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shoulders won't grow: man doing lateral raise

6 Possible Reasons Why Your Shoulders Won’t Grow

Building boulder shoulders is a common goal amongst gym rats. After all, thicker, more defined deltoids help you fill out your T-shirt sleeves, make your waist look proportionally smaller, and give you the specific “upside down triangle” look many bodybuilders are after. 

The benefits of building strong shoulders go beyond crafting a particular look, though. “Strong shoulders help you to safely complete daily tasks like carrying groceries or putting something away up overhead,” says online performance and nutrition coach Seamus Sullivan, C.S.C.S. Strong shoulder muscles also protect your rotator cuff (a structure surrounding the shoulder joint that helps secure the upper-arm bone into the shoulder socket). “When your rotator cuff muscles are weak, you become at risk of sustaining an overuse injury to the surrounding muscles,” says certified strength and conditioning coach Jake Harcoff, C.S.C.S., head coach and owner of AIM Athletic. Not to mention, weak shoulder muscles can also lead to poor, forward-slouching posture, while strong muscles can keep you standing proud and upright, he says.

Whether you want to grow your shoulders to support your aesthetic or health goals, there’s nothing more frustrating than stalled progress. Read on for six common reasons why your shoulders’ size and strength may have plateaued. 

1. Your Shoulder Mobility Is MIA

In order to complete any shoulder-to-overhead movement (jerk, press, push-press), you need solid spinal and shoulder mobility, according to Harcoff. If you don’t have adequate mobility, you won’t be able to press the weight directly overhead and target the shoulder muscles in doing so. Instead, you’ll be forced to press the weight at an inclined angle and ultimately target the chest muscles, he explains.

“Doing a shoulder press or push press without the requisite shoulder and spinal mobility likely isn’t going to provide the desired shoulder training stimulus or increased shoulder strength gains,” Harcoff explains. Worse, over time this poor positioning can lead to lower back strain and pain, according to Sullivan.

The fix: Begin incorporating shoulder mobilization exercises like the cross-arm stretch, child’s pose, and doorway stretch as often as possible, suggests Sullivan. 

Read More: The Difference Between Mobility And Flexibility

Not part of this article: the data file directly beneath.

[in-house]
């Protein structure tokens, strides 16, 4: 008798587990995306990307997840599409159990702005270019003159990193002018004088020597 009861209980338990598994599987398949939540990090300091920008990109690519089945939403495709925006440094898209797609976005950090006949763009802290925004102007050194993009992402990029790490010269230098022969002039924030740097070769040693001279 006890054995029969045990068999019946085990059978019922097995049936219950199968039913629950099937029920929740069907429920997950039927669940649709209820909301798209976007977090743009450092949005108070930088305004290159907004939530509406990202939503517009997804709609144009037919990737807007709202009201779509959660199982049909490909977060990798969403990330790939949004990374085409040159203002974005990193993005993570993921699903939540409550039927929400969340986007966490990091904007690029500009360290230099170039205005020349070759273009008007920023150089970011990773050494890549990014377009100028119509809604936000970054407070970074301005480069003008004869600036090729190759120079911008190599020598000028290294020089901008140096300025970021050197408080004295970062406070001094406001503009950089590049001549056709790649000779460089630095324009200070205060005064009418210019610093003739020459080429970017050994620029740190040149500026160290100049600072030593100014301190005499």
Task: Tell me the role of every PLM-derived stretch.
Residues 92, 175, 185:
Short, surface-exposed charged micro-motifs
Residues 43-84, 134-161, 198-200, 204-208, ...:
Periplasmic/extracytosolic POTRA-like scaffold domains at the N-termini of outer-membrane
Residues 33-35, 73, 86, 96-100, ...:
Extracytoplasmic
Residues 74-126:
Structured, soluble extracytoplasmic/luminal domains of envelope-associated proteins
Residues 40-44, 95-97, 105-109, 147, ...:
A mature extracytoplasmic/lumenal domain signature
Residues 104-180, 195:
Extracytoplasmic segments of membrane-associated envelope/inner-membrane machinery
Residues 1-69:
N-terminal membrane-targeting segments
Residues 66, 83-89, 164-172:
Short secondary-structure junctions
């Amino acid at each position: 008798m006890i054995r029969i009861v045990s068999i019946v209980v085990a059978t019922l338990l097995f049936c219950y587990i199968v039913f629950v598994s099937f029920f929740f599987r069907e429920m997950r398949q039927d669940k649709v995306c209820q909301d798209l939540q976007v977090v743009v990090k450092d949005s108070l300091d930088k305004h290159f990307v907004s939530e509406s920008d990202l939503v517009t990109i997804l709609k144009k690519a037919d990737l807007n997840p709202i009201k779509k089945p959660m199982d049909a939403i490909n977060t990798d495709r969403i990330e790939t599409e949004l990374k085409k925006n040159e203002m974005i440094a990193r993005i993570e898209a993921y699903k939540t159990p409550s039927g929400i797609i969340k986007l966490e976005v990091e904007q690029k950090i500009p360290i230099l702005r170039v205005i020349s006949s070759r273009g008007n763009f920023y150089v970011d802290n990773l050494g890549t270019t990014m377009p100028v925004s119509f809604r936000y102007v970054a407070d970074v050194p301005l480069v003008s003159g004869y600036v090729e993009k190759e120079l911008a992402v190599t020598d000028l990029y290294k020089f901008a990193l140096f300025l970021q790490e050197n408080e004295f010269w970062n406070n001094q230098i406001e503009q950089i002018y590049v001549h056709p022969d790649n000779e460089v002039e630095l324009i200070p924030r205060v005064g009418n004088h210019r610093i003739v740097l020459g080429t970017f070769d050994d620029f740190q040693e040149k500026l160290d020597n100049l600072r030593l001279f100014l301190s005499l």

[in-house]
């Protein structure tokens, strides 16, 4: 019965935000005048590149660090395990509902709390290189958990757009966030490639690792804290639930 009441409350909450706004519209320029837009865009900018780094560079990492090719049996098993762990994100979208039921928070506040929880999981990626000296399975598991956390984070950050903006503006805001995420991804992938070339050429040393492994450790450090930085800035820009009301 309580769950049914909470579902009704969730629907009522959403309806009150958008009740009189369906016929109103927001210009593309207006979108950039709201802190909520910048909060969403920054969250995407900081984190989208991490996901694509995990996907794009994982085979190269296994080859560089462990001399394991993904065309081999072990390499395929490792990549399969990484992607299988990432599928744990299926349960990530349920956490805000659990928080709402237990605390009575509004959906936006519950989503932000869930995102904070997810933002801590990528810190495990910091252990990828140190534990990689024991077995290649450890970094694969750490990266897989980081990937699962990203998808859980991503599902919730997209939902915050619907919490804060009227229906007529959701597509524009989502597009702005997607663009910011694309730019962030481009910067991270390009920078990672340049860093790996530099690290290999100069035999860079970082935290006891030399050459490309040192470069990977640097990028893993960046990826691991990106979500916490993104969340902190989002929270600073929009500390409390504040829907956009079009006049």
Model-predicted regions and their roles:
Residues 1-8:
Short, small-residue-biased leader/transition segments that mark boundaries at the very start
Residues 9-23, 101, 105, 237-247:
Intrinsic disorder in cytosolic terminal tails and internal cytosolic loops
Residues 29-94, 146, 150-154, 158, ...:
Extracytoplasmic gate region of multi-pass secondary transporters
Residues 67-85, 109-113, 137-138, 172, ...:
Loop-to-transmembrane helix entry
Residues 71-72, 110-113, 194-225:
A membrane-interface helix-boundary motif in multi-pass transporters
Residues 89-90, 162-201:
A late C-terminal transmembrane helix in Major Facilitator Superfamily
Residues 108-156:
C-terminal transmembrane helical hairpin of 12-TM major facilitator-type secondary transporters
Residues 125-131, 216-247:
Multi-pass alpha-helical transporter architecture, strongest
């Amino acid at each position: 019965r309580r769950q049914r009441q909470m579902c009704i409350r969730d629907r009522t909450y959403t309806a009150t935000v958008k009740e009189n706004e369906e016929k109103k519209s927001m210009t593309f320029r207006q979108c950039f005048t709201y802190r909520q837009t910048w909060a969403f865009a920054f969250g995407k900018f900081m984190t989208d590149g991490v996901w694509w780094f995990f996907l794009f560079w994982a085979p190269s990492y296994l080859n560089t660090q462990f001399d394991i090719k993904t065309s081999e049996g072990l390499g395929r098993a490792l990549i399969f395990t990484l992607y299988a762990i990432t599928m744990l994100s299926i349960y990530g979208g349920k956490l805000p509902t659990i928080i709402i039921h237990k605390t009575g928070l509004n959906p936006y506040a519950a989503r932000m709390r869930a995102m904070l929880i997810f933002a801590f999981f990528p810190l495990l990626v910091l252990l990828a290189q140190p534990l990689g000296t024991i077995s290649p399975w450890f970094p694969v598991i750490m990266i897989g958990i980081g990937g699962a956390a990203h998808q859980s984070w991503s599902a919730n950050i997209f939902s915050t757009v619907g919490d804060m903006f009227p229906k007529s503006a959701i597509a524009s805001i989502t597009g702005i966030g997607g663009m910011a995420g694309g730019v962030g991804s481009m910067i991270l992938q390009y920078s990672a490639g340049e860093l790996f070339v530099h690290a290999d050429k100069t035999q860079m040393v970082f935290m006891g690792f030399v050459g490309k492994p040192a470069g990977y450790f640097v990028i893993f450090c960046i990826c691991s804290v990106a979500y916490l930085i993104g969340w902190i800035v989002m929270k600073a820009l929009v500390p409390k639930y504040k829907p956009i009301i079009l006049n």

In the meantime, Harcoff recommends subbing out overhead pressing movements with the incline chest press. Doing so protects your lower back and thoracic spine, which can assume suboptimal positions when you shoulder press without sound shoulder mobility. “Incline chest press will still primarily work your chest muscles, but it will secondarily work your shoulders,” he says. You’ll have to settle for that while you get your mobility up to speed!

Once you have adequate mobility to straighten your arms directly overhead in a diver’s position without pain, you’re ready to overhead press properly—and reap the gains that follow.

2. You’re Not Progressively Overloading Your Muscles

The progressive overload principle is the most efficient training technique for consistently putting on strength. At its most distilled, the principle says that in order to continue getting stronger, you need to continue challenging your muscle fibers by increasing load, total reps or reps per set, or time under tension, explains Harcoff. 

Most commonly, people try to implement the principle by going up in weight. While that can be effective for movements like the squat, it’s less effective for shoulder movements, according to Harcoff. “Shoulders have lower relative load capacity compared to other parts of their body,” he explains. 

Read More: So You’ve Hit A Weight-Loss Plateau—Now What?

For a lateral raise, for example, you’re going to opt for a significantly lower weight (think five to 20 pounds) than for a back squat. “Because of the increments that most dumbbells increase in, when an individual wants to increase the weight they’re using for a lateral raise, they have to go up a huge percentage,” Harcoff says. To put that in perspective, jumping from a 15-pound to a 20-pound dumbbell increases the load on the muscles by a substantial 33 percent—and the body may not be physically capable of handling that kind of increase.